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J Pediatr (Rio J). 2006 Jul;82(3 Suppl):S35-44.

Meningococcal conjugate vaccines: efficacy and new combinations.

Author information

1
Faculdade de Ciências Médicas, Santa Casa de São Paulo, São Paulo, SP, Brazil. masafadi@sanet.com.br

Abstract

OBJECTIVE:

Meningococcal disease continues to be a serious public health concern, being associated with high morbidity and mortality rates worldwide, particularly in Brazil. In addition to discussing recent changes in the global epidemiology of meningococcal disease, we also analyze the development and impact of new conjugate vaccines on the prevention of meningococcal disease, with emphasis on the different immunization strategies implemented with these vaccines.

SOURCES OF DATA:

MEDLINE databases were searched from 1996 to 2006, with emphasis on review articles, clinical trials and epidemiological studies. Information was also sought on the Centers for Disease Control and Prevention, Brazilian Ministry of Health and Centro de Vigilância Epidemiológica do Estado de São Paulo websites.

SUMMARY OF THE FINDINGS:

Five serogroups (A, B, C, W135 and Y) are responsible for virtually all cases of the disease worldwide, with marked regional and temporal differences. The new meningococcal serogroup C conjugate vaccines (MCC) offer unmistakable advantages over polysaccharide vaccines. MCC vaccines generate a more efficient and long-lasting antibody response, inducing immunologic memory and reduction of nasopharyngeal carriage. The immediate results of introducing these vaccines into immunization programs have been encouraging, with a dramatic reduction in the incidence of serogroup C disease, not only in vaccinated, but also in unvaccinated individuals (herd immunity). However, concerns have arisen regarding the long-term effectiveness of these vaccines, especially for infants vaccinated in the routine schedule.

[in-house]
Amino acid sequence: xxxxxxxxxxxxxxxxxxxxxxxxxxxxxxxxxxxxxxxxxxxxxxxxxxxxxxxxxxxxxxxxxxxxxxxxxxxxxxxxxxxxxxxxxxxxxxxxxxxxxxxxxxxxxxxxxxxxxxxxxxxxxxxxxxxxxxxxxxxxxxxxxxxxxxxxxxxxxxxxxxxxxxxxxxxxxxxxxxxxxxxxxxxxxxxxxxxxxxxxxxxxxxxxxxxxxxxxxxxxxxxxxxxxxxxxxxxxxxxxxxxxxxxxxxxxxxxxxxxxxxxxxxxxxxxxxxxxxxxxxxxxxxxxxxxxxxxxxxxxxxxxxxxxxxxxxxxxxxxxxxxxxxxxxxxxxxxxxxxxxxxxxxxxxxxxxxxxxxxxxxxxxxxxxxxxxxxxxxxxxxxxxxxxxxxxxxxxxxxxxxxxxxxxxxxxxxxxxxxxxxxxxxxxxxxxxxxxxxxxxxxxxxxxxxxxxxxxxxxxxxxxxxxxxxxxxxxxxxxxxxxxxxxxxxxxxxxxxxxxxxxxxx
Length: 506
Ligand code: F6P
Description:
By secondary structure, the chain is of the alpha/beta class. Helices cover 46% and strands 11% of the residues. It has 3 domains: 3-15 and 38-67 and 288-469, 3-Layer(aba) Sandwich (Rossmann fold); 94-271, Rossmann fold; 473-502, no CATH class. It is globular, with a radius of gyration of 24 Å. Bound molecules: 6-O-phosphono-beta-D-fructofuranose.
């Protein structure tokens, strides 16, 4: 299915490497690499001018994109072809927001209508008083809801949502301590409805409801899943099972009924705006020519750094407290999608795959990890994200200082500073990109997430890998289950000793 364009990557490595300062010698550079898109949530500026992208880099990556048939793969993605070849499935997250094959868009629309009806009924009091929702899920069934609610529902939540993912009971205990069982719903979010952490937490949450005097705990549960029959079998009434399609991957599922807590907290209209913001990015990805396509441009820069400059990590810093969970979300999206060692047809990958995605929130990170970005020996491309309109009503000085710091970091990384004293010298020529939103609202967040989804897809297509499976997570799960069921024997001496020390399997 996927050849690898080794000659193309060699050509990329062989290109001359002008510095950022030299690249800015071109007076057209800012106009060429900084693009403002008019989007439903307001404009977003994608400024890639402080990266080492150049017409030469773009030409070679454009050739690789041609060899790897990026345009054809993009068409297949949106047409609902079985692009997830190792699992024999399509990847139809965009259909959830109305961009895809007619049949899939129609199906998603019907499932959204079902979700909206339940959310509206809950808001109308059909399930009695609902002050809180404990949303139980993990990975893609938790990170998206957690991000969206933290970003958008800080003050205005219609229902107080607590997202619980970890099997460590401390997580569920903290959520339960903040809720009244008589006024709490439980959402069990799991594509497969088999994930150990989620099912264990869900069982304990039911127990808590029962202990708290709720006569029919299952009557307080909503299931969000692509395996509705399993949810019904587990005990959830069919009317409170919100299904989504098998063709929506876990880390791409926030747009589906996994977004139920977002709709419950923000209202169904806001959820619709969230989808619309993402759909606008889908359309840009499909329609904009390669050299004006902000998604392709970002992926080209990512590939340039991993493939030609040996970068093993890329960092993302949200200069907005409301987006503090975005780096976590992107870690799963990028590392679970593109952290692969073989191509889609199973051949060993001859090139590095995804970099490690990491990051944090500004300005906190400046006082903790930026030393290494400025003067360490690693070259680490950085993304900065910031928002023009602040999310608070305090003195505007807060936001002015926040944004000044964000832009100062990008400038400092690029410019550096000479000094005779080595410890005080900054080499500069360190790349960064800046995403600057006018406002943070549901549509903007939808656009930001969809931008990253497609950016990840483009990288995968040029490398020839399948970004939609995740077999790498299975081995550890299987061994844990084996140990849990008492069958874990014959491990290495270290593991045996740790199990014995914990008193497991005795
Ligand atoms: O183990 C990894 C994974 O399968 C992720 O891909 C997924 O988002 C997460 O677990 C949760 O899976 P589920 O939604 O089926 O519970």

CONCLUSIONS:

The reported waning of efficacy more than 1 year after routine infant immunization supports alternative schedules incorporating a booster dose of MCC vaccine given at 12-18 months of age, in order to maintain long-term protection. The recent licensure of the tetravalent meningococcal conjugate vaccine represents, at last, a real possibility of a broader protection against meningococcal disease, although the need to develop an effective vaccine against serogroup B remains.

PMID:
16826310
DOI:
10.2223/JPED.1495
[Indexed for MEDLINE]
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